The coffee selection – much expanded from its predecessor’s – now competes with (nay, trumps) the Starbucks located across the street. A full espresso menu at Bleu Door is available from Café Femenino, a fair trade line of coffees that help women worldwide. The attentive barista asked me if I wanted my cappuccino dry or wet. Dry, of course, but the attention to detail made me smile. In fact, the customer service was quite impeccable. (I can’t help but compare to a similar new business in the area, where I seem to have to repeat every aspect of my order at least once before it is made. “Did you say large? Did you say room for cream? Did you say you wanted that heated? Etc.)
I ordered a huge butter croissant (they only seemed to come in “huge”), a pear Danish (which is really more of a deep pastry dish holding a delectable stash of melty pear compote and light, sweet cheese), a blue cheese and mushroom frittata croissant sandwich, and a coffee chocolate chip scone. I topped it off with a rustic rosemary potato bread.
I brought all of these offerings back to the office to be photographed and to share with my coworkers. But by lunchtime I had eaten the scone and the frittata and had dug all of the pear and cheese out of the Danish in the name of “reviewing” the items.
Well, here’s the review: Yum! Thank you, Bleu Door! The photographer was pleased with his butter croissant, and the potato loaf is going home to family for further “review.”
(Update: Potato loaf was well-received! However, I went back a couple of days later to try a different version of the pear Danish. As I was purchasing it, I was told it was “the biggest pear Danish in the world” and they would be smaller in the future. Also, the traditional French pastry crust was dark and dense/chewy, rather than light and fluffy. So…maybe the kinks are still being worked out. Still, this won’t stop me from going back for the lunchtime Hungarian mushroom soup….)
Attention all volunteer-for-nature types! Mount St. Helens National Volcanic Monument, part of the Gifford Pinchot National Forest, would like to invite you to come out to help out. A celebration of Public Lands Day is planned for Sept. 24, 2011. Volunteers will clear overgrown vegetation, remove invasive weeds, fix trails, as well as construct and maintain facilities on the north side of the Monument. Registration begins at 9:30 a.m. at Coldwater Ridge Visitor Center. Follow signs along SR 504 to get there.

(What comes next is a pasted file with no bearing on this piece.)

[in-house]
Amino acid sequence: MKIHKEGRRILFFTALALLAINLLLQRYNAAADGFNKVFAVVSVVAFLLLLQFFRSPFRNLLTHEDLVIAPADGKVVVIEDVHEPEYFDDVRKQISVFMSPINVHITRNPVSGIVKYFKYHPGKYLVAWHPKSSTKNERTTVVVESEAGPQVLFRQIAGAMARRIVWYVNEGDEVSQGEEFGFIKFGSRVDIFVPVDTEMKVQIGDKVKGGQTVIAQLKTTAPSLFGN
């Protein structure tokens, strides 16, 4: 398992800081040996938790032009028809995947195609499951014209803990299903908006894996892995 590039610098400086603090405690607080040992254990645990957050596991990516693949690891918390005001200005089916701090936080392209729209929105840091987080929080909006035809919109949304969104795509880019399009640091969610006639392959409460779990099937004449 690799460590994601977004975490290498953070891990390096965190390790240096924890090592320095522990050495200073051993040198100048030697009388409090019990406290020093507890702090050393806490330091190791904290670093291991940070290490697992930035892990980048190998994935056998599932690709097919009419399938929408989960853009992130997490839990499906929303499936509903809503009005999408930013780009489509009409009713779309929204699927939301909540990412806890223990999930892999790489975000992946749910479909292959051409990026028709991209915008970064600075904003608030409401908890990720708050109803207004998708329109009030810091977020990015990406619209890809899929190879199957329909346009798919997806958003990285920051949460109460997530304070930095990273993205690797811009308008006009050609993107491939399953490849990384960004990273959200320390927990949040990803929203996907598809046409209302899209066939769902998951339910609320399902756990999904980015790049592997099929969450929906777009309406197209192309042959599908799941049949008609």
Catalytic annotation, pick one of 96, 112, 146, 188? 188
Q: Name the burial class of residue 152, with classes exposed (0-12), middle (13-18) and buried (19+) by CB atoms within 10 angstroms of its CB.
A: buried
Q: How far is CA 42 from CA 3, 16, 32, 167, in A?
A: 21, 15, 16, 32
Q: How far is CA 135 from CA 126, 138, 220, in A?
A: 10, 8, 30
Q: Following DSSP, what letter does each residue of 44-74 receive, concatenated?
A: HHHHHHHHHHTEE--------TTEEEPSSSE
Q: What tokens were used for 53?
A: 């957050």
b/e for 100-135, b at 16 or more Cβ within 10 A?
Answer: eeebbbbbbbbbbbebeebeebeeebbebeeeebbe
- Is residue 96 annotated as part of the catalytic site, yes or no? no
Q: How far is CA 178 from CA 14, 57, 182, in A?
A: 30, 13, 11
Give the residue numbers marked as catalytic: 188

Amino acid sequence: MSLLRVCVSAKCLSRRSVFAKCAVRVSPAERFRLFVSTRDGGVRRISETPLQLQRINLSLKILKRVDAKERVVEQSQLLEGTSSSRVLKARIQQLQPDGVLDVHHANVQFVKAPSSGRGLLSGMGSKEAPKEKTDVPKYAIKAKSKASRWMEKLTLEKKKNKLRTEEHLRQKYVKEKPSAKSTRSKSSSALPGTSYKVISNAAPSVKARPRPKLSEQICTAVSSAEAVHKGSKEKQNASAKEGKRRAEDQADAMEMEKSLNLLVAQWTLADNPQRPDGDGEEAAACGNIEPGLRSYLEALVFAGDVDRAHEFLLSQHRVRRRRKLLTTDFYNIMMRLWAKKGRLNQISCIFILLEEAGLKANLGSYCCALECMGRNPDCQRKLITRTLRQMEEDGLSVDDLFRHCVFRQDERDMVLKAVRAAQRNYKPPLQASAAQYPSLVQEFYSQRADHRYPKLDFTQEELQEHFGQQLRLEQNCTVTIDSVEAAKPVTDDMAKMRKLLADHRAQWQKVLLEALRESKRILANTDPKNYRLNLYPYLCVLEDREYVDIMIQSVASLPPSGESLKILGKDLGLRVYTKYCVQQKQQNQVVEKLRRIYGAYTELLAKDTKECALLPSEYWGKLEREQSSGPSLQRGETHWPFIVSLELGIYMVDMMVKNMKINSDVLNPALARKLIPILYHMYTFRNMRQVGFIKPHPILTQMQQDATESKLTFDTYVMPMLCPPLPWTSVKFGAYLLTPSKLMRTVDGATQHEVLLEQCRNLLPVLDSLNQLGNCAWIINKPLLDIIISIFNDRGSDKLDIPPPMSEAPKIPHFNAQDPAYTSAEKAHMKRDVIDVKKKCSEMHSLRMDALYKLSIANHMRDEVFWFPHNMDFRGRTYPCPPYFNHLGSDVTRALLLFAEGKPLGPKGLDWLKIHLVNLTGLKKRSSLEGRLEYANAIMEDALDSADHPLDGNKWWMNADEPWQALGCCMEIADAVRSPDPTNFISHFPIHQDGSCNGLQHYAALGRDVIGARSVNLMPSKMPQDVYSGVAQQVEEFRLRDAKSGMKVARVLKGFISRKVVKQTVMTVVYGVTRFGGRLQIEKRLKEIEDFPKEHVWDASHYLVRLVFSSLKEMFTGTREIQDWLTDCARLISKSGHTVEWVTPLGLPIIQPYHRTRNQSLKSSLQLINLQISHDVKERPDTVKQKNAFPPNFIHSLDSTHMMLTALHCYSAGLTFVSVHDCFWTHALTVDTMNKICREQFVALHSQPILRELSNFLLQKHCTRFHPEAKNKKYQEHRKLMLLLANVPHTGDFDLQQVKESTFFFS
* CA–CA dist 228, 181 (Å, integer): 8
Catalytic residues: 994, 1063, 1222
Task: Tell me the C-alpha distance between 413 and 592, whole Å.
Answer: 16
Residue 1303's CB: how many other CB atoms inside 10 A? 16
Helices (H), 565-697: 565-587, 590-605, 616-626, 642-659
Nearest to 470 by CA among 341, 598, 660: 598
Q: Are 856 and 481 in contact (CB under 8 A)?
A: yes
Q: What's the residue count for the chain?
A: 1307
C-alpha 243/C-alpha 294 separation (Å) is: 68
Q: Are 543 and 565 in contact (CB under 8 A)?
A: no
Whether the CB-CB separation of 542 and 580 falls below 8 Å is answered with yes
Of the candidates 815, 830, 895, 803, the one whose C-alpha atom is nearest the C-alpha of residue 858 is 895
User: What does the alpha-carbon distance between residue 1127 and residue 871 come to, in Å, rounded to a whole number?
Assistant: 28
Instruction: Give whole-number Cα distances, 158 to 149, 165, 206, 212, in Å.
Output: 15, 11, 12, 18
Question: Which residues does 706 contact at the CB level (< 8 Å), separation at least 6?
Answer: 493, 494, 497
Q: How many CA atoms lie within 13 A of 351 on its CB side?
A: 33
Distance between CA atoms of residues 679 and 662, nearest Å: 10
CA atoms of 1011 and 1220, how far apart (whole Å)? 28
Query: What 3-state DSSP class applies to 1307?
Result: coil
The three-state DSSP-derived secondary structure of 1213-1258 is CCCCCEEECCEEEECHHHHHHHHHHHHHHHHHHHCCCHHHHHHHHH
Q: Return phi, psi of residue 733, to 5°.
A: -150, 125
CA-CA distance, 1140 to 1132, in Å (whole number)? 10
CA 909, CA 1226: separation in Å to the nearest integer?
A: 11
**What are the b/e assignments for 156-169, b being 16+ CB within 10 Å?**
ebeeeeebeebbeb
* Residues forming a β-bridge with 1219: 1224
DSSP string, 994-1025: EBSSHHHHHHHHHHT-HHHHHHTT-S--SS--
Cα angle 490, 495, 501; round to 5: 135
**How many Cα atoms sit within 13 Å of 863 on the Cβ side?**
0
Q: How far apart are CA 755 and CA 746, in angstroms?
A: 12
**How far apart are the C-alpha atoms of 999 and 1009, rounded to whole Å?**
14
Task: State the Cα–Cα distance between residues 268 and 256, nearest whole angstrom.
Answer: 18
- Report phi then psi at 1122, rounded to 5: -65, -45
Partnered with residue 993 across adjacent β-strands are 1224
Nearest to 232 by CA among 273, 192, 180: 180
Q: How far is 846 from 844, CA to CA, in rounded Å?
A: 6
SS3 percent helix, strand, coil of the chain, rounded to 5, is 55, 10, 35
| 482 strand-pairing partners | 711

Come join us ready to get some work done. Bring boots, gloves and sunscreen. All activity levels are welcome. The Mount St. Helens Institute will provide a continental breakfast and coffee. Plan to stick around for a barbeque and raffle after the work-day at 3:30 p.m.
For more information on how to get involved with this and many other events celebrating National Public Lands Day, please go to:
On Sept. 24, fees will be waived at day use sites operated by the Forest Service only. No fees will be waived at recreation rentals and campgrounds. Johnston Ridge Observatory will also be free to enter this day.
Washington State University Vancouver will screen four movies during its 2011 Diversity Film Festival themed "Diversity and Disabilities: Celebrating the Abilities in Us All." Films will be shown at 4 p.m. Sept 12 – 15 in the Dengerink Administrative building, room 110. Admission is free and this event is open to the public. Each film highlights different disabilities including those considered physical, cognitive, familiar or extraordinary.
"Wretches & Jabberers"
Today, Monday, Sept. 12
In "Wretches & Jabberers" two men with autism embark on a global quest to change attitudes about disability and intelligence. At each stop they dissect public attitudes about autism and issue a hopeful challenge to reconsider competency and the future.
Tuesday, Sept. 13
Set against the breathtaking backdrop of the Himalayas, Blindsight Follows the gripping adventure of six Tibetan teenagers who set out to climb the 23,000-foot Lhakpa Ri on the north side of Mount Everest. A dangerous journey soon becomes a seemingly impossible challenge made all the more remarkable by the fact that the teenagers are blind.
Wednesday, Sept. 14
Richard Pimentel was always a great public speaker with a winning personality, but when he tries out for the country's top debate team and is rejected, he takes his shattered dreams to the Army for a tour of duty in Vietnam. When a bomb blast takes his hearing, he returns home to become a groundbreaking speaker and campaigner on behalf of the rights of everyone with a disability including his fellow vets.
"For Once in My Life"
Thursday, Sept. 15
This documentary is about a unique band of singers and musicians and their journey to show the world the greatness-and killer soundtrack-within each of them. The band members have a wide range of mental and physical disabilities-as well as musical abilities that extend into ranges of pure genius. The film's Director, Jim Bigham, will be a special guest at the screening.
WSU Vancouver's Diversity Council sponsors the Diversity Film Festival annually. For more information, visit www.events.vancouver.wsu.edu.